When it comes to the treatment of fractures, healthcare professionals are continually exploring new therapeutic options to improve patient outcomes. One such avenue is Pulsed Electromagnetic Field (PEMF) therapy, which has garnered attention for its potential benefits in bone healing. However, the evidence surrounding its effectiveness remains inconclusive, and it is not currently recommended in clinical guidelines for bone and osteochondral defects. Nevertheless, there is strong evidence supporting the use of Extremely Low-Frequency PEMF (ELF-PEMF) treatment. In this article, we will delve into the physiological processes behind PEMF therapy and discuss the research findings related to fracture healing.

Understanding the Physiological Response to PEMF Therapy

Pulsed Electromagnetic Fields have been found to promote the synthesis of skeletal extracellular matrix, a vital component of bone tissue. When skeletal cells are exposed to PEMF, they undergo a physiological process that involves the synthesis of structural and signaling molecules in the wound area. This response instructs skeletal cells to produce these molecules and enhances the ability of skeletal tissues to adapt to changing environments and biomechanical demands, thereby facilitating the healing process. The potential of PEMF therapy lies in its ability to reduce the time to union and increase the percentage of fracture healing, as observed in studies focusing on fresh tibial fractures and femoral neck fractures.

A Brief Historical Perspective

The exploration of PEMF therapy dates back several decades. Prior to the year 2000, while research in Western Europe, the United States, and Japan was ongoing, scientific work behind the Iron Curtain was conducted in isolation. A comprehensive technical report compiled during this period documented the promising benefits of PEMF therapy across various medical applications. These applications included peripheral vascular disease, lung disease, gastrointestinal disease, neurological disease, rheumatic disease, pediatrics, dermatology, surgery, gynecology, oral medicine, otorhinolaryngology, ophthalmology, immunity, inflammation, reproduction, and tumors. The report referenced over 200 scientific papers, involving both human and animal studies, providing a foundation for future investigations.

Early Adoption in Veterinary Medicine and FDA Approval

Veterinarians were among the first healthcare professionals to embrace PEMF therapy, primarily using it to aid in the healing of broken legs in racehorses. In 2004, the U.S. Food and Drug Administration (FDA) approved a specific PEMF system as an adjunct to cervical fusion surgery for high-risk patients. In September 2020, the FDA recommended reclassifying PEMF medical devices from Class 3 to Class 2, recognizing their potential for safe and effective use in medical settings. Cleared PEMF devices are allowed to make health claims, requiring a doctor’s prescription for use.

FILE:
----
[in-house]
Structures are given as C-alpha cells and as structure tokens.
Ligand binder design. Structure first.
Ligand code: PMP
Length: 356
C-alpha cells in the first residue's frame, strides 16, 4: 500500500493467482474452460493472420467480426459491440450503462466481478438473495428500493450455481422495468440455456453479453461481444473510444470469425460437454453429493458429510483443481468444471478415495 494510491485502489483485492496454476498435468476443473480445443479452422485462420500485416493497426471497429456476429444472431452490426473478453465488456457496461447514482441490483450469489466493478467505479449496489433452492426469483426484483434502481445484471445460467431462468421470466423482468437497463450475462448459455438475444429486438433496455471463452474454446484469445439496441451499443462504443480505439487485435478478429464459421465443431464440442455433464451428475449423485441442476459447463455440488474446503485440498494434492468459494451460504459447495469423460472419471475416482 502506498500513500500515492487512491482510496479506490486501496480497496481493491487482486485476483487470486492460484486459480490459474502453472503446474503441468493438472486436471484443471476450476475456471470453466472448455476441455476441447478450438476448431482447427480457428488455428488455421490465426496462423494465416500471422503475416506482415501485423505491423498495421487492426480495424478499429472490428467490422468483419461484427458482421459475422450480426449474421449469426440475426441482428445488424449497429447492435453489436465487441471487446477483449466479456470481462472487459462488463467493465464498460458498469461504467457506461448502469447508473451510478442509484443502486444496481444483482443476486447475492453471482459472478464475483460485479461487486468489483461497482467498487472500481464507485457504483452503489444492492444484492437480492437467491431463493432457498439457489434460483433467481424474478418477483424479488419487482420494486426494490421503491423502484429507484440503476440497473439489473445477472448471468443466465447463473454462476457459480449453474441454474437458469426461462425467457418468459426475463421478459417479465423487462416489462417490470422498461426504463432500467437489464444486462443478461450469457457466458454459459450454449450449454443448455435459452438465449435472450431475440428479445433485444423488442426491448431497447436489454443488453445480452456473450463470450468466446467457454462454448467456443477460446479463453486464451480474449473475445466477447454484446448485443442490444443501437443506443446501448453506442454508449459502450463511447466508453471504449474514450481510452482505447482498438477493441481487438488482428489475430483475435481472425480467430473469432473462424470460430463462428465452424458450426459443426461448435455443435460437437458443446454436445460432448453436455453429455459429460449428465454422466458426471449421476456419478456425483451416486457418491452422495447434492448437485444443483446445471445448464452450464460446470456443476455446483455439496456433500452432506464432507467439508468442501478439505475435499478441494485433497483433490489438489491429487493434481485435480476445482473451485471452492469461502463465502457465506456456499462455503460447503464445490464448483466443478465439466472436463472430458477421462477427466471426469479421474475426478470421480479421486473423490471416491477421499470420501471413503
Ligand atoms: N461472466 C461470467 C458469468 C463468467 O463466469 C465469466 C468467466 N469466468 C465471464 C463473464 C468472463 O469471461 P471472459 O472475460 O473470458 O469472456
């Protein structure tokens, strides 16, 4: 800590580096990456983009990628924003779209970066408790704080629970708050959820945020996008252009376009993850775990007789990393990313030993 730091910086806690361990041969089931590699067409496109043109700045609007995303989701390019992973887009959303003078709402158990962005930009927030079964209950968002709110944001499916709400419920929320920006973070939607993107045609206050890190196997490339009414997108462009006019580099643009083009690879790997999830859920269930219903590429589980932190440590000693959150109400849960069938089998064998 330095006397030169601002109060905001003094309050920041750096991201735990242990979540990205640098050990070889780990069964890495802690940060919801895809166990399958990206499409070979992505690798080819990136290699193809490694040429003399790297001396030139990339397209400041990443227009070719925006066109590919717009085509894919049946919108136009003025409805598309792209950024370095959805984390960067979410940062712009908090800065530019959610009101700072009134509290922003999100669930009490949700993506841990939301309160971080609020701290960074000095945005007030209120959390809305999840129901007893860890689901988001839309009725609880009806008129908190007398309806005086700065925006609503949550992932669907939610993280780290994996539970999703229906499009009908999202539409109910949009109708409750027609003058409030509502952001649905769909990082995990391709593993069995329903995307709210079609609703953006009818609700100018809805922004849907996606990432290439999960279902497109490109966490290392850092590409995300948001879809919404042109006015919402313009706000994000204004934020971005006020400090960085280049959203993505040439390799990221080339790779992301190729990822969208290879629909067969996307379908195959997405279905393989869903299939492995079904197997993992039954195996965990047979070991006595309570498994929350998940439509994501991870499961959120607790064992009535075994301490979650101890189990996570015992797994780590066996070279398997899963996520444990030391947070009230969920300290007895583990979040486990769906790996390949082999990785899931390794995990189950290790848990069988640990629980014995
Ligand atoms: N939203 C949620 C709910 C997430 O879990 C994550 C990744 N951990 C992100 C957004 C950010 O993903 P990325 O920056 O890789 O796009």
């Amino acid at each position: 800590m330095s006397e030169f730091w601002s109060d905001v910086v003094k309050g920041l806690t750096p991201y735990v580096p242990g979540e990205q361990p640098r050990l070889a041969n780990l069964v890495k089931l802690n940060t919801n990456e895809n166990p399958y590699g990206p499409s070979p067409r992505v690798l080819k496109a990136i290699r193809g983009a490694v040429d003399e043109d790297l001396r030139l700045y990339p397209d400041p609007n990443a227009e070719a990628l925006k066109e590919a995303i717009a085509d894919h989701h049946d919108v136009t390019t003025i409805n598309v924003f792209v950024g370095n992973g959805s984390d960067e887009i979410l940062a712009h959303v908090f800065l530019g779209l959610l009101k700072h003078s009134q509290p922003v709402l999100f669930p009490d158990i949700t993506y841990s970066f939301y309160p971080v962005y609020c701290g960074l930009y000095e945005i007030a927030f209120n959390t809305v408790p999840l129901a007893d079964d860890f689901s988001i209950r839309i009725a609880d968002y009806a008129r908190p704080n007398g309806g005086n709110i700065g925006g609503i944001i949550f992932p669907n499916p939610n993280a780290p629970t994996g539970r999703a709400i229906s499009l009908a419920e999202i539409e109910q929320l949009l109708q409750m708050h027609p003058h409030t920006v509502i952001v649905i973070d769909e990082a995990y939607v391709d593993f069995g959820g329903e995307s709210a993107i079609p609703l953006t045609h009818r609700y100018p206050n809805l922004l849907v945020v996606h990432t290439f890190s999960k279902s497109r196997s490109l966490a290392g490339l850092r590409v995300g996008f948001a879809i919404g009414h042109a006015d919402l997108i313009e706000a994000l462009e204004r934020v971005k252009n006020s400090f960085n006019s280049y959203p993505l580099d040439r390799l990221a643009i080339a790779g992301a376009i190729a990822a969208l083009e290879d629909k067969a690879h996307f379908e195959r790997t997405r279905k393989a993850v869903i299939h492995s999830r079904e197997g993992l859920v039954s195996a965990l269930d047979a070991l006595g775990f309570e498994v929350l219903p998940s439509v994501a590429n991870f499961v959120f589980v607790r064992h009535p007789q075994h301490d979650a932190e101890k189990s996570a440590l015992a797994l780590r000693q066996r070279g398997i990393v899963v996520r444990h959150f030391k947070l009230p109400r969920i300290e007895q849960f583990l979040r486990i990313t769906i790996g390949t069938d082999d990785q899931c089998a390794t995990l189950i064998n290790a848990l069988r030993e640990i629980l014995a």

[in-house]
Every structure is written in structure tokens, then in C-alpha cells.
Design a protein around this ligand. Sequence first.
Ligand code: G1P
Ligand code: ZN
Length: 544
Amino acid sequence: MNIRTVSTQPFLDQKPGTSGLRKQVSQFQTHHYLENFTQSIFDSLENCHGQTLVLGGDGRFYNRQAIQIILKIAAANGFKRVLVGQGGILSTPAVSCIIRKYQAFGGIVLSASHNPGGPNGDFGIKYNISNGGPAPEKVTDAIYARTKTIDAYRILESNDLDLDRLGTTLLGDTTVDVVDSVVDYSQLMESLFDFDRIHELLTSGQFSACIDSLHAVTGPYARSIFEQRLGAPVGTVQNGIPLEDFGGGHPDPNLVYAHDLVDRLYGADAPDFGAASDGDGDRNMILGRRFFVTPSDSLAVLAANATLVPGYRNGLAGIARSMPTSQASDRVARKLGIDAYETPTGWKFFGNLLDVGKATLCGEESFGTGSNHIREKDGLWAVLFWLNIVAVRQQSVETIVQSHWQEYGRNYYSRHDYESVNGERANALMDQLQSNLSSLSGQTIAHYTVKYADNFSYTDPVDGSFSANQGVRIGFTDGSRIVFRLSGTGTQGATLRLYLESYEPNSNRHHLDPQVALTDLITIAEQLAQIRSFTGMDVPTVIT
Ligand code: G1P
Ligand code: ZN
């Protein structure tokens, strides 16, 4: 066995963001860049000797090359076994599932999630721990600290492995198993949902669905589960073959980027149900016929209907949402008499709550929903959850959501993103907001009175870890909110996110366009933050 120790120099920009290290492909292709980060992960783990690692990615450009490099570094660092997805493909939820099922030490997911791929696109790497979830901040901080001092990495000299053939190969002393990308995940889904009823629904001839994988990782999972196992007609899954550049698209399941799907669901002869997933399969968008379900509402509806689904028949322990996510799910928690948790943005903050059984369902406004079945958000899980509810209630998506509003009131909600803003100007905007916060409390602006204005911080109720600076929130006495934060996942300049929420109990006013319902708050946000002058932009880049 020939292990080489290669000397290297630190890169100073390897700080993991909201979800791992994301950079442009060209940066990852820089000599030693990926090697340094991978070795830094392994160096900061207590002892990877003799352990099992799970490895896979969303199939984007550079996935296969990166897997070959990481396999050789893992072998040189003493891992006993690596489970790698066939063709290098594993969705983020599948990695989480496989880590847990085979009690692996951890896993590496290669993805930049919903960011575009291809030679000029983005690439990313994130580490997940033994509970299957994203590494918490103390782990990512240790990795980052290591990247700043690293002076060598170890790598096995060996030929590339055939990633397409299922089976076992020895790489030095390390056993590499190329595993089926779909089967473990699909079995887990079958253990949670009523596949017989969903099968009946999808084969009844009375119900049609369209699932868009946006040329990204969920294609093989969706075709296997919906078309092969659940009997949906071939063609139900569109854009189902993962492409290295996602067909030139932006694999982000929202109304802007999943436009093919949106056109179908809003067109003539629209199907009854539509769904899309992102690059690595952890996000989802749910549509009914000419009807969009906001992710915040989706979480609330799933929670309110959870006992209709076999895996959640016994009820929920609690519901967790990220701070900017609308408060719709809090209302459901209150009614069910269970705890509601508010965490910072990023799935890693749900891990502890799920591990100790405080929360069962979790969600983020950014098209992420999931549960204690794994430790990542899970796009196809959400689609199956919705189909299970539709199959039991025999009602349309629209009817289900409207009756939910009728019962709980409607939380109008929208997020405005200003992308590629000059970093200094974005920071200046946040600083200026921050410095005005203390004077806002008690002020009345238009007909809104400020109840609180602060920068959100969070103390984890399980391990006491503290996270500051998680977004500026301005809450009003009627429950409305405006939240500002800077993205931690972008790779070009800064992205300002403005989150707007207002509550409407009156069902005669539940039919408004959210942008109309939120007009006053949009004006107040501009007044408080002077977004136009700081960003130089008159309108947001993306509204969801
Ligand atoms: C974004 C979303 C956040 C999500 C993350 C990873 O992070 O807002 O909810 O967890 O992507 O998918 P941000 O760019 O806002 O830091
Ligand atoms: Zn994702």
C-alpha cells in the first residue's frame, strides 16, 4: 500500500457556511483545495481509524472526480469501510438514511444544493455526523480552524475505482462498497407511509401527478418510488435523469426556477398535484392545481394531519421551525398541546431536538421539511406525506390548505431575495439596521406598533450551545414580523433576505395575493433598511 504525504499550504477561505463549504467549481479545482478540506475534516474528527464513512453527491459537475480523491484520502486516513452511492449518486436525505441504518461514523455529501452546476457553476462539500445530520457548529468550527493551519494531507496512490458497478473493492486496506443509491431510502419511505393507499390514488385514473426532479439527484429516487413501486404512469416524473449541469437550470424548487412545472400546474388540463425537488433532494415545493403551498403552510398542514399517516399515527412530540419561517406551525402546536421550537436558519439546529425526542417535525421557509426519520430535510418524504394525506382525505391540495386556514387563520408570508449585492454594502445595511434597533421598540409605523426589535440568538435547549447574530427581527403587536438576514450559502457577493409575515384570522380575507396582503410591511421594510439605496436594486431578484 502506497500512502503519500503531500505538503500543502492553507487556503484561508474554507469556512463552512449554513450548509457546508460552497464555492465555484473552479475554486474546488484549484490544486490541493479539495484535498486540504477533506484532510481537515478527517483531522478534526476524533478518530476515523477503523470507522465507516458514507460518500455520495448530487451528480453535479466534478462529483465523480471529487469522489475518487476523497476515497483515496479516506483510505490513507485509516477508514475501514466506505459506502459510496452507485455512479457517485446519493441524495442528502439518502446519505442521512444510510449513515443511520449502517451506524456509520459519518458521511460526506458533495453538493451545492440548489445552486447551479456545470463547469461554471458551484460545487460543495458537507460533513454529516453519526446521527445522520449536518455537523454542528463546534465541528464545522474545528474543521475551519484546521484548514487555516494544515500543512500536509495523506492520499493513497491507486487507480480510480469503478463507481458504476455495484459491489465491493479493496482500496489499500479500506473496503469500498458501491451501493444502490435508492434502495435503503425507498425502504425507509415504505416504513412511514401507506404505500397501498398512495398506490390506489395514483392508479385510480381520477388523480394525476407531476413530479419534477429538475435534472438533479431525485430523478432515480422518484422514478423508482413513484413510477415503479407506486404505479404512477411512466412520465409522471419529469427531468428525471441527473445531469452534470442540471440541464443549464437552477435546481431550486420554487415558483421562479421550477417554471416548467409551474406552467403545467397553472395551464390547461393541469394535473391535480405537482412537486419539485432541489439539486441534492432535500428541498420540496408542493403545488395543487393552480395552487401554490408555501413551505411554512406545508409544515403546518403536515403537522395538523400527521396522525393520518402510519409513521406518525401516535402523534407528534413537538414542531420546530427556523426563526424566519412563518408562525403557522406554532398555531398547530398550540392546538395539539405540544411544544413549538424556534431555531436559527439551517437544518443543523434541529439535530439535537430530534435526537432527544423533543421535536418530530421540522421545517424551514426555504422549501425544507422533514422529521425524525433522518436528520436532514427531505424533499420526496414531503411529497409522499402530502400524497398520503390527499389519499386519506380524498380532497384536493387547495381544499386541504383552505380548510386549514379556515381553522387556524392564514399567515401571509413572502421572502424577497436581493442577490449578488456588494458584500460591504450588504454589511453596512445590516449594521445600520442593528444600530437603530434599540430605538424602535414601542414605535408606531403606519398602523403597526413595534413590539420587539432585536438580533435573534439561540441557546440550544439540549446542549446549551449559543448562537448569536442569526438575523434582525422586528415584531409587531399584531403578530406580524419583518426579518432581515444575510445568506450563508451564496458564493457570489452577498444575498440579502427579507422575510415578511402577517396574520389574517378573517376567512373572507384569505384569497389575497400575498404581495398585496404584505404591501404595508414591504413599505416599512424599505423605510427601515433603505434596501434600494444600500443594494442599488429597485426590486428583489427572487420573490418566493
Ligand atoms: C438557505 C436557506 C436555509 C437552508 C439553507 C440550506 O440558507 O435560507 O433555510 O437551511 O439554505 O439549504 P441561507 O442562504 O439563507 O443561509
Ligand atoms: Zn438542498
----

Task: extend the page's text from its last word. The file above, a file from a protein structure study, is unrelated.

Advancements in Wellness Devices

Over time, PEMF devices have evolved from the original Helmholtz coil design, where the patient’s body was placed inside the magnetic field for treatment. Modern PEMF wellness devices, resembling yoga mats, utilize flat spiral coils to generate an electromagnetic field. A frequency generator energizes these coils, creating a pulsed electromagnetic field. A wide range of professional and consumer PEMF devices, registered as FDA wellness devices, are available on the market. Though predominantly manufactured in Germany, Austria, and Switzerland, they are widely used in North America as electric massagers or full body electric yoga mats. It is important to note that companies marketing these devices as “general wellness products” are not permitted to make medical claims regarding their effectiveness in treating diseases.


While PEMF therapy shows promise in the treatment of fractures, current evidence remains inconclusive and does not support its routine use in clinical practice. However, there is strong scientific evidence for the efficacy of ELF-PEMF treatment. The synthesis of extracellular matrix and signaling molecules in response to PEMF stimulation can enhance skeletal tissue healing and improve fracture outcomes. As research continues to unfold, further exploration of PEMF therapy may lead to advancements in fracture treatment and other medical applications.

Keywords: PEMF therapy, fractures, evidence, clinical practice, skeletal cells, extracellular matrix, healing, time to union, fracture healing, history, veterinary medicine, FDA approval, wellness devices.